Doc Gurley and I met at Lake Chalet Restaurant in Oakland, where we talked by the fireplace in what is called "The Pump Room". Here's the video in two parts:

Part One:

Part Two:

California High Speed Rail defies Jerry Brown's letter

In considering an alternative to the downtown San Francisco terminus for the planned California High Speed Rail System, The California High Speed Rail Authority (CHSRA) is acting against a letter written by California Attorney General Jerry Brown.

The CHSRA has gained the anger of San Francisco Supervisor Chris Daly and residents and businesses around "The Beale Street Alternative", particularly the Rincon Hill Neighborhood Association.

The fear of homeowners is that their properties may be demolished to make way for High Speed Rail in the Rincon Hill Neighborhood area. As stated in the blog Rincon Hill Neighbors by "Jamie",

The remote possibility of the Authority choosing to build a second train station in the Rincon Hill neighborhood, in addition to the already in progress Transbay Transit Center which will extend Caltrain from 4th and King, leaves 424 condo units (disclosure – I own one of those units) in Rincon Hill and South Beach under the shadow of a remote possibility that they will need to be demolished in the future to make way for a high-speed rail station along Beale Street between Harrison and Mission Streets.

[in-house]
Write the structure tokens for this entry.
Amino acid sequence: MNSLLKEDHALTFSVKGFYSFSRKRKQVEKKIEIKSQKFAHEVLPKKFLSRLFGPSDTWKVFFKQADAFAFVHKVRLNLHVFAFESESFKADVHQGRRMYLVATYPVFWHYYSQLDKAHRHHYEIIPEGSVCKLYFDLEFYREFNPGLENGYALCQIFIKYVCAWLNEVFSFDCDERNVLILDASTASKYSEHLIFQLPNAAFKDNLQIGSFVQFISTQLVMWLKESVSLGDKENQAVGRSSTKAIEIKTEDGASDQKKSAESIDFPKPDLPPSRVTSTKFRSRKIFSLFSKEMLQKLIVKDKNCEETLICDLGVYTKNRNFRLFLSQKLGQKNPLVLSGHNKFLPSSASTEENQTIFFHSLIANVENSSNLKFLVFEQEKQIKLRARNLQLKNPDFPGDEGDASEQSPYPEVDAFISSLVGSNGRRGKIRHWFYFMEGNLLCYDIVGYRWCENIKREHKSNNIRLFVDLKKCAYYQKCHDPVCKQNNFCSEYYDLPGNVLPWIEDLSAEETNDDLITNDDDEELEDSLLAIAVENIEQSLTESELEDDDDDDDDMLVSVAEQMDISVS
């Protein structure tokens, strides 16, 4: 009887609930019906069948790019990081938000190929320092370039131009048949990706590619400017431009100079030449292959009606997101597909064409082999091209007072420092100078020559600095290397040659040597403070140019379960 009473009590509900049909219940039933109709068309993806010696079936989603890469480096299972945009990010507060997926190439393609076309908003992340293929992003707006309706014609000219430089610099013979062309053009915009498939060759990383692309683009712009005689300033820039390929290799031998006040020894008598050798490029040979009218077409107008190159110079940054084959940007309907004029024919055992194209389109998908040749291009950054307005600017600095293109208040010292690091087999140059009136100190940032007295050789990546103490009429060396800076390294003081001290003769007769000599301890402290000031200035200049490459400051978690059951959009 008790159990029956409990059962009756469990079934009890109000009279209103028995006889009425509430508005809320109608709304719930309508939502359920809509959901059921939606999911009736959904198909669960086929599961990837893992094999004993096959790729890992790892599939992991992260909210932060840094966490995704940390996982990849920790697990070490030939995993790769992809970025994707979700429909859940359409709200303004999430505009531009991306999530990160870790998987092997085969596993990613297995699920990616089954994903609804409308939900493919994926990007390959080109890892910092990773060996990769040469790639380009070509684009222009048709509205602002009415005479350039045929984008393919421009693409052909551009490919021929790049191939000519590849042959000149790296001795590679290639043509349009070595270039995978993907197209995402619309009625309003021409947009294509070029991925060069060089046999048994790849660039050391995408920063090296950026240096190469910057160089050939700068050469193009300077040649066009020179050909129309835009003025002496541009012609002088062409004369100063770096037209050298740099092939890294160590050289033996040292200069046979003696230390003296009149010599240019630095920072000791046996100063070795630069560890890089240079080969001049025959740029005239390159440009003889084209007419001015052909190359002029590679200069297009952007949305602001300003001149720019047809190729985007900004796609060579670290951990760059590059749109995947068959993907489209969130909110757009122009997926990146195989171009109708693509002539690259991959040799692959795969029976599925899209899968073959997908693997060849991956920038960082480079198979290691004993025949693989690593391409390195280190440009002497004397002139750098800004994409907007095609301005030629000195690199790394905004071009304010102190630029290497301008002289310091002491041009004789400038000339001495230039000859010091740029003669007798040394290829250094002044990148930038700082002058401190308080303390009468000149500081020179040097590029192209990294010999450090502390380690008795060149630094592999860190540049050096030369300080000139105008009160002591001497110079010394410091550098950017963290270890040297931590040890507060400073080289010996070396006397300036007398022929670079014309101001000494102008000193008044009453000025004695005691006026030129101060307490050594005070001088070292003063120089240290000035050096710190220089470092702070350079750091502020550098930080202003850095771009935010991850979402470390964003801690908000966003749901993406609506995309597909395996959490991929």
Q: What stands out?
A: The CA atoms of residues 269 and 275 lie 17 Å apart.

San Franciscans have always had the idea that High Speed Rail would be located in downtown San Francisco at the Transbay Terminal. It was to be the centerpiece of a $2 billion redevelopment plan. To that end, a design competition was held, where the competing designed were shown in San Francisco City Hall and a winner was selected. This video discusses the competition: